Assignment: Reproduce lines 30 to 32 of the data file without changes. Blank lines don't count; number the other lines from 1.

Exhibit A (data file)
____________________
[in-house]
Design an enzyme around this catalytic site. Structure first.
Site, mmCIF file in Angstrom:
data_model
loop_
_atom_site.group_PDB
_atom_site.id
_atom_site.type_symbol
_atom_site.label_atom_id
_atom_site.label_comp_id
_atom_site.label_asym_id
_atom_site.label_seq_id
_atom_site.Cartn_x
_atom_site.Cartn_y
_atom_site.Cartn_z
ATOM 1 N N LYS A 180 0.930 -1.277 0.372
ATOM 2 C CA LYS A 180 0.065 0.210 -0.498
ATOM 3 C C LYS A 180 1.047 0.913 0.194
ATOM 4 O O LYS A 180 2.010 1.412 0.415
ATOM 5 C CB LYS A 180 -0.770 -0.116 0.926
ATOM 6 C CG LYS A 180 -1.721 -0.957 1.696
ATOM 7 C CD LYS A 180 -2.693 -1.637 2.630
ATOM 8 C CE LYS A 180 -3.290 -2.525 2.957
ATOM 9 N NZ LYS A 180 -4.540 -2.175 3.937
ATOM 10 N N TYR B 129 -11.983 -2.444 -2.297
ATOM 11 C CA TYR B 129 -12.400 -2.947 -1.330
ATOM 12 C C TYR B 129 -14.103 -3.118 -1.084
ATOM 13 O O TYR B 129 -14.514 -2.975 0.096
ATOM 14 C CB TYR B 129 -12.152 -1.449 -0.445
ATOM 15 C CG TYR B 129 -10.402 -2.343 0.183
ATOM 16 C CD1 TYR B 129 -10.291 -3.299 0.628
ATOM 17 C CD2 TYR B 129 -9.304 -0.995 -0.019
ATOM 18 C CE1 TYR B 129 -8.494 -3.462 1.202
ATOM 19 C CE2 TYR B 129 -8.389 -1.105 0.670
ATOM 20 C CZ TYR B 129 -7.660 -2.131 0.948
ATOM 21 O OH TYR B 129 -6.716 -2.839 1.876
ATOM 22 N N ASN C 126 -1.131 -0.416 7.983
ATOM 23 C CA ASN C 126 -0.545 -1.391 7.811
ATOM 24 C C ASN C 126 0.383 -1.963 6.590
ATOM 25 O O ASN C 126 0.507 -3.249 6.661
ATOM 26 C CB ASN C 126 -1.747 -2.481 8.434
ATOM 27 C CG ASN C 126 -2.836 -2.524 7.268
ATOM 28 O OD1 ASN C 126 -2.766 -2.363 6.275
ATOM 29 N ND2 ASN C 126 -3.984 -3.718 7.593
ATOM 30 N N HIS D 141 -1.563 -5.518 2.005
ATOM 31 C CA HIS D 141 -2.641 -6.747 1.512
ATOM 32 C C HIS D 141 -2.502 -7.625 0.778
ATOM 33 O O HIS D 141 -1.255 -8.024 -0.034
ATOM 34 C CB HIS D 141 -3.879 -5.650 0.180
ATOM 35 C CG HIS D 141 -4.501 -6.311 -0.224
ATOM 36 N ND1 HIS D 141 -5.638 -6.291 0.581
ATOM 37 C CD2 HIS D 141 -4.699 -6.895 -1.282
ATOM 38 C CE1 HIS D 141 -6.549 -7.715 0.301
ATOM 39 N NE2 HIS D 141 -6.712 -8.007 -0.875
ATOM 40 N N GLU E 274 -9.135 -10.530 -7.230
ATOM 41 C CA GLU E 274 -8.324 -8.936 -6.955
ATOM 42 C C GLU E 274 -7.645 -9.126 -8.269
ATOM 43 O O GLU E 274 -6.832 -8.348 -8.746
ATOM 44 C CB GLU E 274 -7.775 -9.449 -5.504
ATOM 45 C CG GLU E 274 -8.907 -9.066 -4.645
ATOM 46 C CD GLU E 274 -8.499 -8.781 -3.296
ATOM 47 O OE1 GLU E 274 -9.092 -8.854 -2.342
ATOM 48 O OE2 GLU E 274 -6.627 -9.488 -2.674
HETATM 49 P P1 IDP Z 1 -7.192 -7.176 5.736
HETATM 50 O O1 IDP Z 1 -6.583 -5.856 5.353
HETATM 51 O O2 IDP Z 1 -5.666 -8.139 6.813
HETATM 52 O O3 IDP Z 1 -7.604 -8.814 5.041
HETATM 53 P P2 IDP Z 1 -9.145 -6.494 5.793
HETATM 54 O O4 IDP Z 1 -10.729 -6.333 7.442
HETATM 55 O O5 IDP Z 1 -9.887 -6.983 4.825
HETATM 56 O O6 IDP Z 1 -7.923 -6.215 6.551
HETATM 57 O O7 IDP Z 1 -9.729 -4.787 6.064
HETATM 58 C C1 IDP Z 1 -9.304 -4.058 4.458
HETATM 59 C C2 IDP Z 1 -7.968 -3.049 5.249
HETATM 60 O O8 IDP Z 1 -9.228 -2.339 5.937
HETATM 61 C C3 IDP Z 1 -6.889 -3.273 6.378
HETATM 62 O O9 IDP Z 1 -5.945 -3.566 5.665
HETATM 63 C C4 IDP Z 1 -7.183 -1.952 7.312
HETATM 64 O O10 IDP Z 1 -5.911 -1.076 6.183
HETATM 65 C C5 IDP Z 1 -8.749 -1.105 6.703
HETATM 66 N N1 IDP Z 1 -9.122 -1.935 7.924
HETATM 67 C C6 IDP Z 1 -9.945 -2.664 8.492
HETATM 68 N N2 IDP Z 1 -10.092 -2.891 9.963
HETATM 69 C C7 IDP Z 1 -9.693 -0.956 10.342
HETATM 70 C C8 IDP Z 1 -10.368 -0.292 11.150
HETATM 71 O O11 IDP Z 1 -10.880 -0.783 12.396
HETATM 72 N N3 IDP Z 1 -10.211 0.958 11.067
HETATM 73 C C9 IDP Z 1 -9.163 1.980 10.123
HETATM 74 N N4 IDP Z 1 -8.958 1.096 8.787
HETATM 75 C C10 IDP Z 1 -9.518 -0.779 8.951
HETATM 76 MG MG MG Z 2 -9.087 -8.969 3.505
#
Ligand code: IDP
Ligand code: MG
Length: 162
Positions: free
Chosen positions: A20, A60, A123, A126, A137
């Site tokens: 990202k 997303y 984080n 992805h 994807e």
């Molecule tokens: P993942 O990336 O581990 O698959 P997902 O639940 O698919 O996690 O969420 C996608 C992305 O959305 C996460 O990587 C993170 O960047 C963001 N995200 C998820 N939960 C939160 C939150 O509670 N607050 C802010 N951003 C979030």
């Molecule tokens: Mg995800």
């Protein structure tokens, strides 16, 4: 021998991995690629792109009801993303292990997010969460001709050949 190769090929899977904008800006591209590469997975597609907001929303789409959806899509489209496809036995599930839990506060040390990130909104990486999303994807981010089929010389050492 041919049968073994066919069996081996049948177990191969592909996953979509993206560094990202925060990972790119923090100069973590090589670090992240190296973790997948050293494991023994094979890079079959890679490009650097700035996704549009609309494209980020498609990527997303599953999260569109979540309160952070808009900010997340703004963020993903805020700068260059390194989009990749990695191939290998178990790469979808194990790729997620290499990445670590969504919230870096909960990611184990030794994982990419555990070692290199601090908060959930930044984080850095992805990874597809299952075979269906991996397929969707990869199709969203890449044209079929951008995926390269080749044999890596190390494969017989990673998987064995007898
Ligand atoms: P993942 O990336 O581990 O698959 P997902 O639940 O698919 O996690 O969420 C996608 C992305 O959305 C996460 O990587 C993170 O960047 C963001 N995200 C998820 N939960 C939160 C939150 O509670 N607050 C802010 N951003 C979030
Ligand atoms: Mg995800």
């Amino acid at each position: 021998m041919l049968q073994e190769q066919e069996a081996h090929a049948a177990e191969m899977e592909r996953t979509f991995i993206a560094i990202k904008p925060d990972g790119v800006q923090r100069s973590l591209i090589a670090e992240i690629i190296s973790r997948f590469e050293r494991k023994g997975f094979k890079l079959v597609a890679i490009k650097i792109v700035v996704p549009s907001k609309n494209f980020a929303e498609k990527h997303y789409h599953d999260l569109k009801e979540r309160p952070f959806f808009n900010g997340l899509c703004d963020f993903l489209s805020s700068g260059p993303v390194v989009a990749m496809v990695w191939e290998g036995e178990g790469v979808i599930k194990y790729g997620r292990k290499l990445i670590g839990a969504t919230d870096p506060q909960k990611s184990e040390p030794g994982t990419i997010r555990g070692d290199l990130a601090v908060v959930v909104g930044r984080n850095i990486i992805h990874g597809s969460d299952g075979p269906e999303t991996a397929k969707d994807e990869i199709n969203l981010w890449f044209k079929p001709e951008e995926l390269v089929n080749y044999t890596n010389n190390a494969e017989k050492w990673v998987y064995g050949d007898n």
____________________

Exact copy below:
ATOM 15 C CG TYR B 129 -10.402 -2.343 0.183
ATOM 16 C CD1 TYR B 129 -10.291 -3.299 0.628
ATOM 17 C CD2 TYR B 129 -9.304 -0.995 -0.019